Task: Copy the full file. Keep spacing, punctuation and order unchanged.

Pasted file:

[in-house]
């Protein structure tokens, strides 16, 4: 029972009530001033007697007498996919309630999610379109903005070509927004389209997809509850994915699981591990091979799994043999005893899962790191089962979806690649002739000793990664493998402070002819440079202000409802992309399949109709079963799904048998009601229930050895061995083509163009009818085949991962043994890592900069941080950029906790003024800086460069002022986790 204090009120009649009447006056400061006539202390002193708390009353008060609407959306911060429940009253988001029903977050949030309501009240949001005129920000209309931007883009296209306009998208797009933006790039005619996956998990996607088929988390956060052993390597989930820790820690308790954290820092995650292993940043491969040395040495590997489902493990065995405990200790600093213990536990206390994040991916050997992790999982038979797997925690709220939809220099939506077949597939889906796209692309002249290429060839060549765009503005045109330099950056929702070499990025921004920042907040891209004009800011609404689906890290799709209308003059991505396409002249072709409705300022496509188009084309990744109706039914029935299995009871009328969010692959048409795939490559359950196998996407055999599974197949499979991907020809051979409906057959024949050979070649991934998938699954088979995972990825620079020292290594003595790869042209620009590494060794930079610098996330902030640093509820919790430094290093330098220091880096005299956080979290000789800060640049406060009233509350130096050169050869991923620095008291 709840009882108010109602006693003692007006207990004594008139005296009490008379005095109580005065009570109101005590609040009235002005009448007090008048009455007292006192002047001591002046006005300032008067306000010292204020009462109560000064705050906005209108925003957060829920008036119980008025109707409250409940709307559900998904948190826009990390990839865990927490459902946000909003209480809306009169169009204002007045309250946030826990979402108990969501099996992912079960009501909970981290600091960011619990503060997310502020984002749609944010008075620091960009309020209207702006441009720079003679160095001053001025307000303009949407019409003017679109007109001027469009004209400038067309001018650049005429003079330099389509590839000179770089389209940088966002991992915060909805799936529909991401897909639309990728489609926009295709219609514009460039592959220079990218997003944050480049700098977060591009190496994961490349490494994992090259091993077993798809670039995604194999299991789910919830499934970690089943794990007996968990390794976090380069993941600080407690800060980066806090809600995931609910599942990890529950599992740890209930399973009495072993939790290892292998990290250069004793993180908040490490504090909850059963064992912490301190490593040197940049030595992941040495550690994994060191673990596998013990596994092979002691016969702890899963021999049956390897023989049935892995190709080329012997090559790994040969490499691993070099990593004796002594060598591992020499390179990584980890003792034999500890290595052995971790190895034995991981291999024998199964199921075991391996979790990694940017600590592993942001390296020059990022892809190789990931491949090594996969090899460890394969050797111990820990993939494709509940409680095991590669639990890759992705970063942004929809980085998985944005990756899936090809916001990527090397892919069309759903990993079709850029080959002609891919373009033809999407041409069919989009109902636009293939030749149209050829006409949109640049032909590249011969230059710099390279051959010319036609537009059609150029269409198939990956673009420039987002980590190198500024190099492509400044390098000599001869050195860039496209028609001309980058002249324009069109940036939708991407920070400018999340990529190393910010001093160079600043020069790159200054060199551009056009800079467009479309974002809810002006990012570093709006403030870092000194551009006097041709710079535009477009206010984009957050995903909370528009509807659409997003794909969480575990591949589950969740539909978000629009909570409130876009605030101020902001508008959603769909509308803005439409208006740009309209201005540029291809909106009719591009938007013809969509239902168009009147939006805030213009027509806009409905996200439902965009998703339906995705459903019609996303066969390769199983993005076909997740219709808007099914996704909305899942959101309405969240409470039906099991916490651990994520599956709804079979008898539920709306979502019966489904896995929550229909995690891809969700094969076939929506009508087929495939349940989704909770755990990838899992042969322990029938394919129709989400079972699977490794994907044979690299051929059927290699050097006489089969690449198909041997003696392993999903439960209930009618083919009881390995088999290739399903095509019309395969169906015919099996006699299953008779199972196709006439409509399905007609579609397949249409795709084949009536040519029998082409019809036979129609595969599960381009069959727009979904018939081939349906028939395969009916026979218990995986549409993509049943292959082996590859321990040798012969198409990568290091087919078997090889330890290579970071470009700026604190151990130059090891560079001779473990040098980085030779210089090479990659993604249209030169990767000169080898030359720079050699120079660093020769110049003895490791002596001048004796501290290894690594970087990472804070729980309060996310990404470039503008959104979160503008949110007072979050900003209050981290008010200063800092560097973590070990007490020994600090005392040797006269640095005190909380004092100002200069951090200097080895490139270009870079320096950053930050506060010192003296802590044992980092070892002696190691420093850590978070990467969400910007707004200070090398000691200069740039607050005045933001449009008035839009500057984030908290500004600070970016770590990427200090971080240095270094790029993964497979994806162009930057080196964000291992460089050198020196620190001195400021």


[in-house]
């Protein structure tokens, strides 16, 4: 029972009530001033007697007498996919309630999610379109903005070509927004389209997809509850994915699981591990091979799994043999005893899962790191089962979806690649002739000793990664493998402070002819440079202000409802992309399949109709079963799904048998009601229930050895061995083509163009009818085949991962043994890592900069941080950029906790003024800086460069002022986790 204090009120009649009447006056400061006539202390002193708390009353008060609407959306911060429940009253988001029903977050949030309501009240949001005129920000209309931007883009296209306009998208797009933006790039005619996956998990996607088929988390956060052993390597989930820790820690308790954290820092995650292993940043491969040395040495590997489902493990065995405990200790600093213990536990206390994040991916050997992790999982038979797997925690709220939809220099939506077949597939889906796209692309002249290429060839060549765009503005045109330099950056929702070499990025921004920042907040891209004009800011609404689906890290799709209308003059991505396409002249072709409705300022496509188009084309990744109706039914029935299995009871009328969010692959048409795939490559359950196998996407055999599974197949499979991907020809051979409906057959024949050979070649991934998938699954088979995972990825620079020292290594003595790869042209620009590494060794930079610098996330902030640093509820919790430094290093330098220091880096005299956080979290000789800060640049406060009233509350130096050169050869991923620095008291 709840009882108010109602006693003692007006207990004594008139005296009490008379005095109580005065009570109101005590609040009235002005009448007090008048009455007292006192002047001591002046006005300032008067306000010292204020009462109560000064705050906005209108925003957060829920008036119980008025109707409250409940709307559900998904948190826009990390990839865990927490459902946000909003209480809306009169169009204002007045309250946030826990979402108990969501099996992912079960009501909970981290600091960011619990503060997310502020984002749609944010008075620091960009309020209207702006441009720079003679160095001053001025307000303009949407019409003017679109007109001027469009004209400038067309001018650049005429003079330099389509590839000179770089389209940088966002991992915060909805799936529909991401897909639309990728489609926009295709219609514009460039592959220079990218997003944050480049700098977060591009190496994961490349490494994992090259091993077993798809670039995604194999299991789910919830499934970690089943794990007996968990390794976090380069993941600080407690800060980066806090809600995931609910599942990890529950599992740890209930399973009495072993939790290892292998990290250069004793993180908040490490504090909850059963064992912490301190490593040197940049030595992941040495550690994994060191673990596998013990596994092979002691016969702890899963021999049956390897023989049935892995190709080329012997090559790994040969490499691993070099990593004796002594060598591992020499390179990584980890003792034999500890290595052995971790190895034995991981291999024998199964199921075991391996979790990694940017600590592993942001390296020059990022892809190789990931491949090594996969090899460890394969050797111990820990993939494709509940409680095991590669639990890759992705970063942004929809980085998985944005990756899936090809916001990527090397892919069309759903990993079709850029080959002609891919373009033809999407041409069919989009109902636009293939030749149209050829006409949109640049032909590249011969230059710099390279051959010319036609537009059609150029269409198939990956673009420039987002980590190198500024190099492509400044390098000599001869050195860039496209028609001309980058002249324009069109940036939708991407920070400018999340990529190393910010001093160079600043020069790159200054060199551009056009800079467009479309974002809810002006990012570093709006403030870092000194551009006097041709710079535009477009206010984009957050995903909370528009509807659409997003794909969480575990591949589950969740539909978000629009909570409130876009605030101020902001508008959603769909509308803005439409208006740009309209201005540029291809909106009719591009938007013809969509239902168009009147939006805030213009027509806009409905996200439902965009998703339906995705459903019609996303066969390769199983993005076909997740219709808007099914996704909305899942959101309405969240409470039906099991916490651990994520599956709804079979008898539920709306979502019966489904896995929550229909995690891809969700094969076939929506009508087929495939349940989704909770755990990838899992042969322990029938394919129709989400079972699977490794994907044979690299051929059927290699050097006489089969690449198909041997003696392993999903439960209930009618083919009881390995088999290739399903095509019309395969169906015919099996006699299953008779199972196709006439409509399905007609579609397949249409795709084949009536040519029998082409019809036979129609595969599960381009069959727009979904018939081939349906028939395969009916026979218990995986549409993509049943292959082996590859321990040798012969198409990568290091087919078997090889330890290579970071470009700026604190151990130059090891560079001779473990040098980085030779210089090479990659993604249209030169990767000169080898030359720079050699120079660093020769110049003895490791002596001048004796501290290894690594970087990472804070729980309060996310990404470039503008959104979160503008949110007072979050900003209050981290008010200063800092560097973590070990007490020994600090005392040797006269640095005190909380004092100002200069951090200097080895490139270009870079320096950053930050506060010192003296802590044992980092070892002696190691420093850590978070990467969400910007707004200070090398000691200069740039607050005045933001449009008035839009500057984030908290500004600070970016770590990427200090971080240095270094790029993964497979994806162009930057080196964000291992460089050198020196620190001195400021």